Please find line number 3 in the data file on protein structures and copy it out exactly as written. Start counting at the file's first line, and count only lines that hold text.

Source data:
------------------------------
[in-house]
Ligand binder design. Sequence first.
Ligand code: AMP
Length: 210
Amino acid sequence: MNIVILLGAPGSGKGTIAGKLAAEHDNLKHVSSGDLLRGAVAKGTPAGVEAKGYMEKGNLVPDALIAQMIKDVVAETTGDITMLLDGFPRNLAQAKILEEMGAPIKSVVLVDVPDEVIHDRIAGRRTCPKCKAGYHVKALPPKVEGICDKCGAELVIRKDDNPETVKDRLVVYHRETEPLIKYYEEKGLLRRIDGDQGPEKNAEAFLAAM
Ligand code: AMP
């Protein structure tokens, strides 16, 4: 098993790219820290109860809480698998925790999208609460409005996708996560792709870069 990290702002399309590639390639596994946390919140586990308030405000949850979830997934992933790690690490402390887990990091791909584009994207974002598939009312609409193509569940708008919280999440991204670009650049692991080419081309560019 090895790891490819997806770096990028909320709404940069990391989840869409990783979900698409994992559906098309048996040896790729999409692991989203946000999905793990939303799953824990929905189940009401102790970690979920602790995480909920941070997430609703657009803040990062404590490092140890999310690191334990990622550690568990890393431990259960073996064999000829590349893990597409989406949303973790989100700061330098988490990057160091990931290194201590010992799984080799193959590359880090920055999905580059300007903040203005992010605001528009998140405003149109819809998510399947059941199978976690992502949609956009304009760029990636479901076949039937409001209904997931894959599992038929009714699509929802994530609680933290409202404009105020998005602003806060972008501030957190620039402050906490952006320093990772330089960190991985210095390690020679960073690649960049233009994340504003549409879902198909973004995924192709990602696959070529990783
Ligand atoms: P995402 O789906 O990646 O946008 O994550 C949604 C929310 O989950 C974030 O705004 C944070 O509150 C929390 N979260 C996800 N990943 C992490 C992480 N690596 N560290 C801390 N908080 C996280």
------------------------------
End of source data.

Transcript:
Ligand code: AMP